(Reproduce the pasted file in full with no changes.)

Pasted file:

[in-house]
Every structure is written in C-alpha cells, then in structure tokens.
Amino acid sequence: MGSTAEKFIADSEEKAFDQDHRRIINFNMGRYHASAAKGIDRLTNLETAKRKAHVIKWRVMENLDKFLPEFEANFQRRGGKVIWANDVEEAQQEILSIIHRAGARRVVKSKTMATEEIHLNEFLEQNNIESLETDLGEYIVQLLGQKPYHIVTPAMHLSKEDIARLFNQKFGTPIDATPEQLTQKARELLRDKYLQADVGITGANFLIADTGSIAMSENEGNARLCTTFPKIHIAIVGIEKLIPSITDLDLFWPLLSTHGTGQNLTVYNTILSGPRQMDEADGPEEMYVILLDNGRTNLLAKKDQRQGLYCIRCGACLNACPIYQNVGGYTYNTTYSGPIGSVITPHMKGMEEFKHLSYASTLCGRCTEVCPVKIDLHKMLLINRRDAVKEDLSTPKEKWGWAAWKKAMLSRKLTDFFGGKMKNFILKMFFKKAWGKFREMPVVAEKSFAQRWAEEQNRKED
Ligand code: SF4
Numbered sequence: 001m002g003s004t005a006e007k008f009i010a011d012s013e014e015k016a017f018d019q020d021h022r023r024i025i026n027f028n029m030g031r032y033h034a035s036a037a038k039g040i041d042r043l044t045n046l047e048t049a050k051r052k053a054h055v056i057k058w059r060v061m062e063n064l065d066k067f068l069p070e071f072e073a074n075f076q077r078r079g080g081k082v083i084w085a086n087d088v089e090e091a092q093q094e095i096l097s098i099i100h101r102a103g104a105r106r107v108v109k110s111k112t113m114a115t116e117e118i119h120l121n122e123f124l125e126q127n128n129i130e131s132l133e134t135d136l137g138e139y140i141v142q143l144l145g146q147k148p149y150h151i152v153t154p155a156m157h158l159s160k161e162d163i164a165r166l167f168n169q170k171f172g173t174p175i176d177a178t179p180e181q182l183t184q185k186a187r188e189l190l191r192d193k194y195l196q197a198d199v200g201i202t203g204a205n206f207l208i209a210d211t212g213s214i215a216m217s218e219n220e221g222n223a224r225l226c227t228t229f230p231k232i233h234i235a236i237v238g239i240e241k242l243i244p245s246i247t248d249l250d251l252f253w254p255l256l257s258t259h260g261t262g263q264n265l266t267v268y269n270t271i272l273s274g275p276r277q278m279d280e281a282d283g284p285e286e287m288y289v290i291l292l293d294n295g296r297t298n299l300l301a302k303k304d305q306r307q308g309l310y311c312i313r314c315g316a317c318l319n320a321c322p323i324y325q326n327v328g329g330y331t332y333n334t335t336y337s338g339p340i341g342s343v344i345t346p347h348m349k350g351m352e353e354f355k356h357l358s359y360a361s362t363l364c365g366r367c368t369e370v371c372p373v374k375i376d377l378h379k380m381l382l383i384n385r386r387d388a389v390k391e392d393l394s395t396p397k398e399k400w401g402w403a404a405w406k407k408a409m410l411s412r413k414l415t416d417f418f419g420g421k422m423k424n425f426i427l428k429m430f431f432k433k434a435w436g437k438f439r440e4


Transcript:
[in-house]
Every structure is written in C-alpha cells, then in structure tokens.
Amino acid sequence: MGSTAEKFIADSEEKAFDQDHRRIINFNMGRYHASAAKGIDRLTNLETAKRKAHVIKWRVMENLDKFLPEFEANFQRRGGKVIWANDVEEAQQEILSIIHRAGARRVVKSKTMATEEIHLNEFLEQNNIESLETDLGEYIVQLLGQKPYHIVTPAMHLSKEDIARLFNQKFGTPIDATPEQLTQKARELLRDKYLQADVGITGANFLIADTGSIAMSENEGNARLCTTFPKIHIAIVGIEKLIPSITDLDLFWPLLSTHGTGQNLTVYNTILSGPRQMDEADGPEEMYVILLDNGRTNLLAKKDQRQGLYCIRCGACLNACPIYQNVGGYTYNTTYSGPIGSVITPHMKGMEEFKHLSYASTLCGRCTEVCPVKIDLHKMLLINRRDAVKEDLSTPKEKWGWAAWKKAMLSRKLTDFFGGKMKNFILKMFFKKAWGKFREMPVVAEKSFAQRWAEEQNRKED
Ligand code: SF4
Numbered sequence: 001m002g003s004t005a006e007k008f009i010a011d012s013e014e015k016a017f018d019q020d021h022r023r024i025i026n027f028n029m030g031r032y033h034a035s036a037a038k039g040i041d042r043l044t045n046l047e048t049a050k051r052k053a054h055v056i057k058w059r060v061m062e063n064l065d066k067f068l069p070e071f072e073a074n075f076q077r078r079g080g081k082v083i084w085a086n087d088v089e090e091a092q093q094e095i096l097s098i099i100h101r102a103g104a105r106r107v108v109k110s111k112t113m114a115t116e117e118i119h120l121n122e123f124l125e126q127n128n129i130e131s132l133e134t135d136l137g138e139y140i141v142q143l144l145g146q147k148p149y150h151i152v153t154p155a156m157h158l159s160k161e162d163i164a165r166l167f168n169q170k171f172g173t174p175i176d177a178t179p180e181q182l183t184q185k186a187r188e189l190l191r192d193k194y195l196q197a198d199v200g201i202t203g204a205n206f207l208i209a210d211t212g213s214i215a216m217s218e219n220e221g222n223a224r225l226c227t228t229f230p231k232i233h234i235a236i237v238g239i240e241k242l243i244p245s246i247t248d249l250d251l252f253w254p255l256l257s258t259h260g261t262g263q264n265l266t267v268y269n270t271i272l273s274g275p276r277q278m279d280e281a282d283g284p285e286e287m288y289v290i291l292l293d294n295g296r297t298n299l300l301a302k303k304d305q306r307q308g309l310y311c312i313r314c315g316a317c318l319n320a321c322p323i324y325q326n327v328g329g330y331t332y333n334t335t336y337s338g339p340i341g342s343v344i345t346p347h348m349k350g351m352e353e354f355k356h357l358s359y360a361s362t363l364c365g366r367c368t369e370v371c372p373v374k375i376d377l378h379k380m381l382l383i384n385r386r387d388a389v390k391e392d393l394s395t396p397k398e399k400w401g402w403a404a405w406k407k408a409m410l411s412r413k414l415t416d417f418f419g420g421k422m423k424n425f426i427l428k429m430f431f432k433k434a435w436g437k438f439r440e4